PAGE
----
"Our crew members expressed their faith in America, and we have faith in them," Mr. Bush said. "They send their love to their families. They said they are looking forward to coming home. And we are looking forward to bringing them home."
At the State Department, Deputy Secretary of State Richard Armitage summoned Chinese Ambassador Yang Jiechi to a meeting where he pressured Beijing to release the crew, according to a U.S. official.
Expressions of regret over China's loss of a fighter pilot could be expected, "but in terms of an apology, no," said a senior administration official.
U.S. officials have said the F-8 was flying dangerously close to the EP-3E when a collision occurred. The Chinese aircraft, a version of the Soviet-designed MiG-21, crashed and its pilot is missing.
The EP-3E was damaged and made an emergency landing.
Mr. Powell said during a visit to Key West, Fla., that said he was "a little concerned" by China's handling of the incident.
"We could have resolved it much earlier, I think, and without creating the level of interest that there is and the level of difficulty we've encountered," he said. And "we are asking them to move as quickly as possible to release our crew members, release our airplane, and let's get back to other matters and put this behind us."
Mr. Powell said he is unable to confirm reports that the Chinese military had boarded the aircraft.
"We have said that the plane should not be violated," he said. "It is protected, in our judgment, from that kind of intrusion."
Mr. Powell said the issue of the detention of Americans and plans for U.S. arms sales to Taiwan should not be linked.
"Obviously, when you examine the arms sales question, it is done in the context of our obligations to Taiwan under the policies we followed with respect to Taiwan and their defensive needs for many years," he said.
Some analysts fear China, which opposes U.S. arms sales to Taiwan, could use the captive crew and aircraft as political leverage against U.S. arms sales.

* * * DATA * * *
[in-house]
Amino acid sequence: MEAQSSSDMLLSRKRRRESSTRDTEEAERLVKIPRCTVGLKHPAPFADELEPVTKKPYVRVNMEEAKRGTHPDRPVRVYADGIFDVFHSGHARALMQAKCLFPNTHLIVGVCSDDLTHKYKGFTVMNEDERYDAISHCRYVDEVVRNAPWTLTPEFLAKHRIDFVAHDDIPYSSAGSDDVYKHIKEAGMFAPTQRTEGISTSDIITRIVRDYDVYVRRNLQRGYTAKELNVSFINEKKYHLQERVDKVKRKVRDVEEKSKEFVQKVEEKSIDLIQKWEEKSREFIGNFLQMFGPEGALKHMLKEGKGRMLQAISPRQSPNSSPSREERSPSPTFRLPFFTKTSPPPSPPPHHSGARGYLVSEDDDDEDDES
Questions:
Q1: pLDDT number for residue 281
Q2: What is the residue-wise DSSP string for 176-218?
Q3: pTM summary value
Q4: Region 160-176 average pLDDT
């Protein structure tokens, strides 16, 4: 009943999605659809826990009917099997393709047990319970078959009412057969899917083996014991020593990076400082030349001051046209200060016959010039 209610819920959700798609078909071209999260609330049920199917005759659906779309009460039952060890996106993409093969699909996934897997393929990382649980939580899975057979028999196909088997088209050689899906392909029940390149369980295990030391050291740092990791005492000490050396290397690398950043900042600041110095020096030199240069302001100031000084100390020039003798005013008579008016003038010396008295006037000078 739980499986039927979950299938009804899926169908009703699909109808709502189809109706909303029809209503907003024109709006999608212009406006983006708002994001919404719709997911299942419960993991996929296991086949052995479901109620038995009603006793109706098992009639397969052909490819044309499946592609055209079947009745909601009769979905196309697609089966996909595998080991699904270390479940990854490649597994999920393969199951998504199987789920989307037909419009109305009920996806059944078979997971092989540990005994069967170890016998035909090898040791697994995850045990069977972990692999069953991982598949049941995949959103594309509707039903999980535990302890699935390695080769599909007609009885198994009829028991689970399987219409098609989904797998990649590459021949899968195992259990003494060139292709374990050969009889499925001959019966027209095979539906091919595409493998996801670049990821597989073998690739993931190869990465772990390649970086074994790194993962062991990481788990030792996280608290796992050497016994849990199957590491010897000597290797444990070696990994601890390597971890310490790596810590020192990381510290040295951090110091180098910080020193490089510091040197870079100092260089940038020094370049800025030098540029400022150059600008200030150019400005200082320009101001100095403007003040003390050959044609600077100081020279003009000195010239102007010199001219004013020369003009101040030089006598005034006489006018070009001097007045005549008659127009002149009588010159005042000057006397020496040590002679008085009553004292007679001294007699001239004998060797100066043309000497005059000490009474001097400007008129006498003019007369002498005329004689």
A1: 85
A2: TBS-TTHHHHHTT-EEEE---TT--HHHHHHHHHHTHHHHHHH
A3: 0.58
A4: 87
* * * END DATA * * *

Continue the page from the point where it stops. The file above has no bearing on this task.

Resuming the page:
U.S. officials said intelligence reports, based on satellite photographs of the aircraft on Hainan Island, indicate equipment from the aircraft has been removed.
In Haikou, China, on Hainan Island, Army Brig. Gen. Neal Sealock, the top defense attache at the U.S. Embassy in Beijing, spoke to reporters after a 40-minute meeting with the crew.
"The entire crew is in good health," said Gen. Sealock, one of two diplomats who visited the detained Americans. "They are being well taken care of."
The one-star general noted: "Our goal is to get them home as soon as possible."
A Pentagon official familiar with the meeting said the Chinese military officials told Gen. Sealock that the crew is being held in "protective custody."
The meeting was described as "controlled" with the Chinese limiting questioning of the crew, which includes three female sailors, to their personal health and treatment, the official said.
The Chinese prohibited any discussion about the collision.
"These guys are there as a result of an international air disaster and they should be treated as such," the official said. "They are not there for any fault of their own. They should be treated as guests as opposed to what the Chinese call 'protective custody.' "
Retired Adm. Joseph Prueher, the U.S. ambassador to China, said it was likely the Chinese gained access to the aircraft, which is filled with sophisticated electronic eavesdropping equipment.
"Our presumption is that they have been on the airplane already," he said.
The compromise to the Chinese of such sensitive equipment is "a great concern," he said.
U.S. intelligence officials said they are still unaware of whether the EP-3E crew successfully destroyed or disposed of sensitive code and electronic eavesdropping gear before landing.
Sen. Richard C. Shelby, Alabama Republican and chairman of the Senate Intelligence Committee, said: "We don't know the net loss here yet, we'll figure that out later."
The senator noted that he does not believe "it's irreparable damage to our intelligence gathering process by any means, but it's too early to assess that."
This article is based in part on wire service reports.